In Family Law, a private investigator can come in handy for a variety of matters including determining whether your spouse is having an affair, if they are engaging in drug activity, or even seeing if your spouse is abusing your children. You would be surprised to know that a lot of people do not actually know the job description of a private investigator. Let’s be honest, most people think of Sherlock Holmes when they hear the words “private investigator”. Hopefully, this article will fill in the gaps.
A private investigator, also known as “PI” or “private eye”, is a person who can be hired to undertake investigatory law services and typically works for attorneys in civil cases. Before the advent of no-fault divorce, many private investigators were hired to search out evidence of adultery or other conduct within marriage to establish grounds for a divorce. Despite the lack of legal necessity for such evidence in many jurisdictions, according to press reports collecting evidence of adultery or other “bad behavior” by spouses and partners is still one of the most profitable activities investigators undertake, especially when alimony and post separation support are on the line.
PI’s can also be useful in areas other than family law. For instance, PI’s often work for attorneys in civil cases investigating suspicious claims for insurance companies. They also can be used to perform due diligence for investors considering investing with an investment group. This could serve to help the prospective investor avoid being the victim of a fraud or Ponzi scheme. By hiring a licensed and experienced investigator, they could unearth information that the investment is risky and/or that the investor has suspicious red flags in his or her background. This type of work work, known as due diligence, is becoming much more prevalent in the 21st century with the public reports of large-scale Ponzi schemes and fraudulent investment vehicles such as Madoff and Rothstein and the hundreds of others reported by the SEC and other law-enforcement agencies. Additionally, a handful of very skilled PI’s work with attorneys on capital punishment and criminal defense cases.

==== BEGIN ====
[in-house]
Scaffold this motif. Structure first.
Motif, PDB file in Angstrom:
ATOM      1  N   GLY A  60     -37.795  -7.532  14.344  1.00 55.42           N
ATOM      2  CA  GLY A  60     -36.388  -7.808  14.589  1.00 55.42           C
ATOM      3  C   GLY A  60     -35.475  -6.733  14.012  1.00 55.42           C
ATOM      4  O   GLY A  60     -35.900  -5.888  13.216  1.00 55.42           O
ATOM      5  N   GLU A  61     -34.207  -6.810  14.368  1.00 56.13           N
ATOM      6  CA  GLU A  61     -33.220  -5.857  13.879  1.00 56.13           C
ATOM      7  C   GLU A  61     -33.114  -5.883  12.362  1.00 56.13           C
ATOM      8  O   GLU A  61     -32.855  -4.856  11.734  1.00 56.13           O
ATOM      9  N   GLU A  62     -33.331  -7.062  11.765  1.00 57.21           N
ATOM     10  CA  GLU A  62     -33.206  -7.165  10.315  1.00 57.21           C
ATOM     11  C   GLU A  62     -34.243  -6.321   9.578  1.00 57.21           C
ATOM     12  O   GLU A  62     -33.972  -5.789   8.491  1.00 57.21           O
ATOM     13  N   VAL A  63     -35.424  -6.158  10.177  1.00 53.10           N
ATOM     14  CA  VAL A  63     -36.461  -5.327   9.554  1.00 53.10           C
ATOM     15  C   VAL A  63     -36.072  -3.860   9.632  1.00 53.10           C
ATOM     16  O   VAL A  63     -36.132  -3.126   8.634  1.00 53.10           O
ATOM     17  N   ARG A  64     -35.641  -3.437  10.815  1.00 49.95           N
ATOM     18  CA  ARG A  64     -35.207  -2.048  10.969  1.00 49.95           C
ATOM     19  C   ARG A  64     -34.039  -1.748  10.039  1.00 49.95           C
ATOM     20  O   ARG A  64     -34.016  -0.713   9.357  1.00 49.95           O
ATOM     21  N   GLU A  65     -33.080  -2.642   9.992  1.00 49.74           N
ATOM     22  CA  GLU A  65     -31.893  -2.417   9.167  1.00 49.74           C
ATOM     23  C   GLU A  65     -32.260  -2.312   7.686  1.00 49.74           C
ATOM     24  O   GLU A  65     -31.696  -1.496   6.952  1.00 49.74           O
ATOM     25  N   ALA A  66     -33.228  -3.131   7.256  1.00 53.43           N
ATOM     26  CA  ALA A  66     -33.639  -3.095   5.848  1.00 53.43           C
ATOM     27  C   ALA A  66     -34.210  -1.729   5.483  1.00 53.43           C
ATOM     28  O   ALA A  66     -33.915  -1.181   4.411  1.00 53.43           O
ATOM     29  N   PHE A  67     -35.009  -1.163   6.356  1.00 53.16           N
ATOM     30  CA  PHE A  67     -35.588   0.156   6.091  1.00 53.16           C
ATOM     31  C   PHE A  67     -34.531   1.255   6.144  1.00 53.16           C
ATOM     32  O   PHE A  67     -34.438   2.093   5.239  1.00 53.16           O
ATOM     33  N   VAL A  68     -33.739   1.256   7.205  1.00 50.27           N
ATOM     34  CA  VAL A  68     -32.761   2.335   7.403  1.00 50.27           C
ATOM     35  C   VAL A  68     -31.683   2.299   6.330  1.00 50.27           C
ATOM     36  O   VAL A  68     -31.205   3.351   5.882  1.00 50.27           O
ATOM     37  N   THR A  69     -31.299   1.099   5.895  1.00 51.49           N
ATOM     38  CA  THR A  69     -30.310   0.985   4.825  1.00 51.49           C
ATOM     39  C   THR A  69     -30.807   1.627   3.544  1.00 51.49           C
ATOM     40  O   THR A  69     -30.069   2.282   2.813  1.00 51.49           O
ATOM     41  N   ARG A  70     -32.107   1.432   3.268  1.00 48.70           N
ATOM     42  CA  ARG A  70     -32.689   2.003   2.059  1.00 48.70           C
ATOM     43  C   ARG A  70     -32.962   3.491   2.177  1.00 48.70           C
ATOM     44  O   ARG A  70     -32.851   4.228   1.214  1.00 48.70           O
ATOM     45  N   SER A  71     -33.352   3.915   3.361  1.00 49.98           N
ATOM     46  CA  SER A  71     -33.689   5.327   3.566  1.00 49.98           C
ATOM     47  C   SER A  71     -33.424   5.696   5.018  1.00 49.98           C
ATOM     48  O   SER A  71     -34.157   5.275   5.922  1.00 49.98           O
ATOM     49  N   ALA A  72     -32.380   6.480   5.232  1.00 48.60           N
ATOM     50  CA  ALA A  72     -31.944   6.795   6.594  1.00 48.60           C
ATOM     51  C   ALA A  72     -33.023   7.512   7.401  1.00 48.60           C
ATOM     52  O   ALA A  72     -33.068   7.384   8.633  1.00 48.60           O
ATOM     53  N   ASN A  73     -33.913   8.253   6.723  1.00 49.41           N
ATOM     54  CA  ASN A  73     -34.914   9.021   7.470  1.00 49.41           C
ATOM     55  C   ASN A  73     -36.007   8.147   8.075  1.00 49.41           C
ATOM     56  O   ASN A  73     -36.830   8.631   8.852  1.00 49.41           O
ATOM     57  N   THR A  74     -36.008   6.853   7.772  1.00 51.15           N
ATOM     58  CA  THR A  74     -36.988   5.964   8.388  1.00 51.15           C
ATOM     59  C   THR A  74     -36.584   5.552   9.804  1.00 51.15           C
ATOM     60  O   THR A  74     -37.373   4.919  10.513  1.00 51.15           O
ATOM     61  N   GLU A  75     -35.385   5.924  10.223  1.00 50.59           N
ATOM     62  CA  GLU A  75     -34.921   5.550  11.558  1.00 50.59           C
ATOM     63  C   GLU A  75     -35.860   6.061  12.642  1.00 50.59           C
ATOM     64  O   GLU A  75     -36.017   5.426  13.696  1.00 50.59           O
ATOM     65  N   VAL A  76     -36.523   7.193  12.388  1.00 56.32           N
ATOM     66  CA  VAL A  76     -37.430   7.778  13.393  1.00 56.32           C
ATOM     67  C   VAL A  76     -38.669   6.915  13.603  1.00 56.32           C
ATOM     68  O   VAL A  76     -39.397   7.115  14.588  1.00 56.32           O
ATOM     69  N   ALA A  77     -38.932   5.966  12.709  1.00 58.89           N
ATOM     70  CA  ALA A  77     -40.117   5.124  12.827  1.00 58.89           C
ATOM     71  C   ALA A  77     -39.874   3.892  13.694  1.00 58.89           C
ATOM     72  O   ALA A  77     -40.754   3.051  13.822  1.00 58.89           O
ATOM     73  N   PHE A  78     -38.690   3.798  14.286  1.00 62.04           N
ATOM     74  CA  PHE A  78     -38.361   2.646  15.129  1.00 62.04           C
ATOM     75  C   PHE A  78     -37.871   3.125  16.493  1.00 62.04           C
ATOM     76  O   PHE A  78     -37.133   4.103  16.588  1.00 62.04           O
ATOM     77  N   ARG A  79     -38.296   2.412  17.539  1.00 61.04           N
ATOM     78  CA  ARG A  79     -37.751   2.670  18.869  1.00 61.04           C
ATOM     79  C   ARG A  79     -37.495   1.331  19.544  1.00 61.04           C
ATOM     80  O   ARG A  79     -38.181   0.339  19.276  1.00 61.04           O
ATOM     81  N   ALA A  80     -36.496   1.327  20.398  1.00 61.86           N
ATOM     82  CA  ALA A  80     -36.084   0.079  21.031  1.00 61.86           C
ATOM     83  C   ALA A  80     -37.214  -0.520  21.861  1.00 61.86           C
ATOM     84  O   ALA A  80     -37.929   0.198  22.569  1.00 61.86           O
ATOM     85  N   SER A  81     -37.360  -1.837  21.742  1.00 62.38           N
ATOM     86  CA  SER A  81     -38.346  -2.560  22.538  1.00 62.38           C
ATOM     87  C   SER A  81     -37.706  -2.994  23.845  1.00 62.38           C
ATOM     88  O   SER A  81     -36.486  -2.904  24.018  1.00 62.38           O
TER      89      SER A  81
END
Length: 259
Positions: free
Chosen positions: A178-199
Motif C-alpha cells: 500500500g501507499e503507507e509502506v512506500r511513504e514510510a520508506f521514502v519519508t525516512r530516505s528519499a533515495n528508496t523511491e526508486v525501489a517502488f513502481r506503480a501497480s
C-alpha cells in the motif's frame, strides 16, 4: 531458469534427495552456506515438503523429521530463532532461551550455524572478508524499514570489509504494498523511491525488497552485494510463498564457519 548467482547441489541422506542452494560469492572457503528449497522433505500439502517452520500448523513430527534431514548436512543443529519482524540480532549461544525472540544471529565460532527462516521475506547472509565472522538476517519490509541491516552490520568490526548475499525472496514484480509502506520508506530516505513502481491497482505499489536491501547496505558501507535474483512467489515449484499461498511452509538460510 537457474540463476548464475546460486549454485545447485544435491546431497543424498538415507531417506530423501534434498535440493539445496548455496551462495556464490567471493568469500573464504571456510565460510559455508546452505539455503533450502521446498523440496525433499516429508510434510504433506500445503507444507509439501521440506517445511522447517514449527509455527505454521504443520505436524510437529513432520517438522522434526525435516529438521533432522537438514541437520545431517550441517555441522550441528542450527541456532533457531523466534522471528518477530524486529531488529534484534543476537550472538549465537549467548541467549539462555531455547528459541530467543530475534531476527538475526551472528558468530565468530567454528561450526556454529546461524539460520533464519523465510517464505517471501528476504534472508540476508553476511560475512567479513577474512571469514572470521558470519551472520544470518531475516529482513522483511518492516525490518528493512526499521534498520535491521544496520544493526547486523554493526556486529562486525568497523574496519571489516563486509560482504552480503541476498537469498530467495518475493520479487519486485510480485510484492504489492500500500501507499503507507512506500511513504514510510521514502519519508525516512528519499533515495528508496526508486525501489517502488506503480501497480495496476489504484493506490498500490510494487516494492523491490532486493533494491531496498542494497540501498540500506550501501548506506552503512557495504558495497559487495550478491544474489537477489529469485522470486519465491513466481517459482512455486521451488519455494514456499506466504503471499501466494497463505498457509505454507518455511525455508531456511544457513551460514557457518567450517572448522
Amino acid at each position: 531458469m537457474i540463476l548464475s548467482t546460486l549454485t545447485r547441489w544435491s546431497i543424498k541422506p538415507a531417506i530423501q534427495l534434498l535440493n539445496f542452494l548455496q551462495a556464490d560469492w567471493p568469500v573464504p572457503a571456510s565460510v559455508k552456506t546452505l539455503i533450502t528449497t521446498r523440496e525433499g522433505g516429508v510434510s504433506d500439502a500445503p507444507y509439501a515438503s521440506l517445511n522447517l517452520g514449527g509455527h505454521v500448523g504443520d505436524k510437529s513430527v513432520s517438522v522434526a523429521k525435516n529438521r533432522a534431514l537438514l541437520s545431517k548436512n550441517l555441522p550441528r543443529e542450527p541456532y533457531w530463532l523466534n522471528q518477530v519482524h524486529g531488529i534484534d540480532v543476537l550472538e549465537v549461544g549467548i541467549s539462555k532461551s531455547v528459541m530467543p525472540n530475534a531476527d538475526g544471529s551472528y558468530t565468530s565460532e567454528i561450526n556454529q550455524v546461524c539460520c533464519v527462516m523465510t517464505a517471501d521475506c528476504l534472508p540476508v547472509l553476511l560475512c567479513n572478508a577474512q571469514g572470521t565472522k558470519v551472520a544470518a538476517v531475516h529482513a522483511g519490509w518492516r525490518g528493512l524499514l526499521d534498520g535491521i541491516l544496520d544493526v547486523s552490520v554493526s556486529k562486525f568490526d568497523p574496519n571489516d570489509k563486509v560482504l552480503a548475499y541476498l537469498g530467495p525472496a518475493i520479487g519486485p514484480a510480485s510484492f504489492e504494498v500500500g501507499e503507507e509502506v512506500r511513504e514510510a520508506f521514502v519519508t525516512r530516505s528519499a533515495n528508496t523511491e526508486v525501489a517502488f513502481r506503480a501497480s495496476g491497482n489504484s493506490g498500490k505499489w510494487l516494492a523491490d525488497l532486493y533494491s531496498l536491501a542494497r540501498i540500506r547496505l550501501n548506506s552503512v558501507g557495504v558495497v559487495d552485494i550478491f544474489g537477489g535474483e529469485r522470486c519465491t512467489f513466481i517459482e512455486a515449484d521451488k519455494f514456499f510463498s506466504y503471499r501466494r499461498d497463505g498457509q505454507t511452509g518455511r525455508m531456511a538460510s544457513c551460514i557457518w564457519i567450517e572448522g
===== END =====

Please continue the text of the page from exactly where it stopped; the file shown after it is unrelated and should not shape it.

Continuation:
Private investigators come from all types of backgrounds, such as police officers, former military, spies, and law enforcement agents. Most states require that PI’s be licensed and some states even allow a PI to carry a firearm. PI’s know how to keep extremely detailed notes and must always be prepared to testify in court in regards to the matters they investigated. Overall, private investigators have a very real purpose in today’s legal system and can help in a variety of areas, which far exceeds the scope of what Sherlock Holmes investigated back in the late 1800’s.